European Science Correspondent
Chris's Feed
Nov 7, 2012

ABB hails breakthrough for green power grids

ZURICH/LONDON, Nov 7 (Reuters) – Swiss firm ABB
announced a breakthrough in technology to carry electricity over
long distances, making desert solar plants and ocean wind farms
much more viable.

Its new circuit breaker makes it easier to send electricity
through high-voltage direct-current (DC) lines into the grids
that link power stations to consumers, the engineering company
said on Wednesday.

Nov 7, 2012

Death of the cassette tape much exaggerated

LONDON (Reuters) – The widening gap between the amount of data the world produces and our capacity to store it is giving a new lease of life to the humble cassette tape.

Although consumers have abandoned the audio cassette in favor of the ubiquitous iPod, organizations with large amounts of data, from patient records to capacity-hungry video archives, have continued to use tape as a cheap and secure storage medium.

Nov 2, 2012

Pressure builds for better oil spill clean-up technology

LONDON (Reuters) – With oil becoming scarcer and more expensive, the economics of the industry may finally tip in favor of one of the most neglected areas of its business – the technology for cleaning up oil spills.

Despite efforts by scientists to find new and more effective ways to deal with spilt oil, there has been little fundamental change in the technology in the two decades since the 1989 Exxon Valdez disaster that spilled 750,000 barrels of oil into Prince William Sound in Alaska.

Oct 30, 2012

Breast-cancer checks save lives despite over diagnosis

LONDON, Oct 30 (Reuters) – Breast-cancer screening saves
lives even though it also picks up cases in some women that
would never have caused them a problem, according to a review
published in The Lancet medical journal.

The independent review, commissioned by the charity Cancer
Research UK (CRUK) and Britain’s Department of Health, follows
fierce international debate about the benefits of routine
screening and recent research that has argued it does more harm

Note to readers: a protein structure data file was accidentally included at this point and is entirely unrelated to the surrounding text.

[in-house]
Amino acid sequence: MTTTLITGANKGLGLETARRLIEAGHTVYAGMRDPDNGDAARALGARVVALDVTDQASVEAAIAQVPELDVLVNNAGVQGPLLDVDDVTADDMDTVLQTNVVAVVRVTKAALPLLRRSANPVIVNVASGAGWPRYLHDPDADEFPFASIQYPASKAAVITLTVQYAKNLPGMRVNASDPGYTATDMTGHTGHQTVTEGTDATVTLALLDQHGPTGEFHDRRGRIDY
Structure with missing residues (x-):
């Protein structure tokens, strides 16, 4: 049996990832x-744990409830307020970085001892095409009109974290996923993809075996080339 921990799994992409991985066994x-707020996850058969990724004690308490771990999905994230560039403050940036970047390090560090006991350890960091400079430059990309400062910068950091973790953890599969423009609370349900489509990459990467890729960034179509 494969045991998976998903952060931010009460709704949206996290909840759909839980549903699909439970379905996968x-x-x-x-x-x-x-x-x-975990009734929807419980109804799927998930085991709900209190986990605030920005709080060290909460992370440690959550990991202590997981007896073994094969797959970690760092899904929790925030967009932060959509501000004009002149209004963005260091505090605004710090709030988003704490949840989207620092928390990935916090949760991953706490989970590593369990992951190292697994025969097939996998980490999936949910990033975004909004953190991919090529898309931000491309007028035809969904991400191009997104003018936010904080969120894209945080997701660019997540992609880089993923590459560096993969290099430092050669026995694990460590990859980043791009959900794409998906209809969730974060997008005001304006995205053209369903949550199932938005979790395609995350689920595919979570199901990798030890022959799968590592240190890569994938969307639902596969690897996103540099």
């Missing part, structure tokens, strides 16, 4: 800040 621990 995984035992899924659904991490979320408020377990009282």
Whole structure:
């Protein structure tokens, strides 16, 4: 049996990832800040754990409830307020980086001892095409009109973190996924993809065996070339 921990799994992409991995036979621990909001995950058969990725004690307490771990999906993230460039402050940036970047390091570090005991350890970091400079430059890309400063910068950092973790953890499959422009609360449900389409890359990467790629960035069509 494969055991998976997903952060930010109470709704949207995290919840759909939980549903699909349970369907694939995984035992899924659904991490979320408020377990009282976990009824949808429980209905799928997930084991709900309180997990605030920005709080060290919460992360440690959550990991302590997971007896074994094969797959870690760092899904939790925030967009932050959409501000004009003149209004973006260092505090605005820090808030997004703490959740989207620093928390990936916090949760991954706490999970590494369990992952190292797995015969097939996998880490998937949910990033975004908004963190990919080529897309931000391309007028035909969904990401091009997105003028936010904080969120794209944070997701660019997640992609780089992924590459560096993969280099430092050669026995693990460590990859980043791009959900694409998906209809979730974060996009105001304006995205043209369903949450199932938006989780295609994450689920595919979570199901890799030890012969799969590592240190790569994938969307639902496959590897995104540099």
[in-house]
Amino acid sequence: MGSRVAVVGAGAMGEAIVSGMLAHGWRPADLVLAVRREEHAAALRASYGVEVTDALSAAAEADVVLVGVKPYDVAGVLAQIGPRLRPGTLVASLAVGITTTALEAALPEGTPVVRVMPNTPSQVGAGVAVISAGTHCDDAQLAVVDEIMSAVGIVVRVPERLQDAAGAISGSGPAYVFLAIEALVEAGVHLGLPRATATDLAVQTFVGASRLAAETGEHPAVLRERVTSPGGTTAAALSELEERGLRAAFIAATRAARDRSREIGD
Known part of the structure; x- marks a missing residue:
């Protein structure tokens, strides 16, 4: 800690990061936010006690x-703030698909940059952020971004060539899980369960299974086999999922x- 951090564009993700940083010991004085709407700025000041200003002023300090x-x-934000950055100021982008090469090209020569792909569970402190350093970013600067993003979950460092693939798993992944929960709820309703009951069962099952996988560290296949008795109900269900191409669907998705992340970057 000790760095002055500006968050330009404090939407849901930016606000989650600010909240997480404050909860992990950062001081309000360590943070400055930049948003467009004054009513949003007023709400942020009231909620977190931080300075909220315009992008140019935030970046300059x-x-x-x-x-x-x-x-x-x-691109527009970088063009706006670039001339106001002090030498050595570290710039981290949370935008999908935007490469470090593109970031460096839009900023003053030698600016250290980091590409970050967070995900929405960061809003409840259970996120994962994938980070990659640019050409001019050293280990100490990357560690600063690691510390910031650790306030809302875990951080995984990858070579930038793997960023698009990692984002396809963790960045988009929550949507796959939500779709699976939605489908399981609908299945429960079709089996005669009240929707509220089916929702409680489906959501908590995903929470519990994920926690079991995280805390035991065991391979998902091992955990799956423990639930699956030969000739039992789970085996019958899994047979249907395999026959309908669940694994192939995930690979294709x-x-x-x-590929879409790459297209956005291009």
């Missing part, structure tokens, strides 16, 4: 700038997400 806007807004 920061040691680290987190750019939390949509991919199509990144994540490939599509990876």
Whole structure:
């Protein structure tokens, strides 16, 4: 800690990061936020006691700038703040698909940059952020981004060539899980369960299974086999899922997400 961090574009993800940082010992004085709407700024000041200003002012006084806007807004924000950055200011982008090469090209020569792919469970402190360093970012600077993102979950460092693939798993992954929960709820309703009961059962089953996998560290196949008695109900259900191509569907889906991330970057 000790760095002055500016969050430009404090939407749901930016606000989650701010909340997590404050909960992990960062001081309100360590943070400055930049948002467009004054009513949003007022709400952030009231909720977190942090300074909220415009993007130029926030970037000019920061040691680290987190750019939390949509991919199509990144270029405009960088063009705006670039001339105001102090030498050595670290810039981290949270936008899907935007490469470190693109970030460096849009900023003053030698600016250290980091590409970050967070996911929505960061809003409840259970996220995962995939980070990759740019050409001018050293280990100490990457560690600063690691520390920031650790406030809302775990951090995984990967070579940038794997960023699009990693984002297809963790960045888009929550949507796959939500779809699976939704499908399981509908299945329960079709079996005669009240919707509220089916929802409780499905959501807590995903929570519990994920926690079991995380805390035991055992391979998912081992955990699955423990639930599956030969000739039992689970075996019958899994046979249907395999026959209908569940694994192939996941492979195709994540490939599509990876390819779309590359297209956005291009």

than good.

Oct 28, 2012

New test to improve HIV diagnosis in poor countries

LONDON (Reuters) – Scientists have come up with a test for the virus that causes AIDS that is ten times more sensitive and a fraction of the cost of existing methods, offering the promise of better diagnosis and treatment in the developing world.

The test uses nanotechnology to give a result that can be seen with the naked eye by turning a sample red or blue, according to research from scientists at Imperial College in London published in the journal Nature Nanotechnology.

Oct 22, 2012

Italian court ruling sends chill through science community

LONDON (Reuters) – Scientists reacted with alarm to the manslaughter conviction of six earthquake experts in Italy for failing to give adequate warning of the 2009 earthquake in the city of L’Aquila that killed 308 people.

Scientists warned that researchers in areas involving unpredictable natural threats, like volcanology and even meteorology, will now be more reluctant to offer advice and insight to the public.

Oct 18, 2012

Search for alien life about to step up a gear

LONDON (Reuters) – It remains in the realm of science fiction for now but the discovery of a new planet just four light years away will reignite a race to find a twin of planet Earth that may host extraterrestrial life.

The step change comes as the most powerful telescopes ever built are about to enter into service and as ideas about where life could exist are being turned on their head. At the same time, scientific discussion about the possible existence of alien life is becoming more mainstream.

Oct 18, 2012

Call for tighter standards to combat tide of science misconduct

LONDON, Oct 18 (Reuters) – False claims from scientific
research have prompted health scares and unjustified product
bans, and a report this week from the world’s national science
academies predicts misconduct is set to rise.

One of the highest-profile cases in recent years was
triggered by a 1998 study suggesting a link between the MMR
vaccine and autism, which caused vaccination rates in Britain to
plummet and the number of measles cases to rise.

Oct 17, 2012

New planet discovered in Earth’s back yard

LONDON/CAPE CANAVERAL, Florida (Reuters) – Astronomers have found a new planet, the closest yet outside our solar system and just an astronomical stone’s throw away at four light years, raising the chances of finding a habitable planet in Earth’s neighborhood.

Researchers say the new planet is too close to its sun to support known forms of life, with a surface temperature estimated at 1,200 degrees Celsius (2,192 Fahrenheit). But previous studies suggest that when one planet is discovered orbiting a sun, there are usually others in the same system.

Oct 15, 2012

A diamond bigger than Earth?

LONDON (Reuters) – Forget the diamond as big as the Ritz. This one’s bigger than planet Earth.

Orbiting a star that is visible to the naked eye, astronomers have discovered a planet twice the size of our own made largely out of diamond.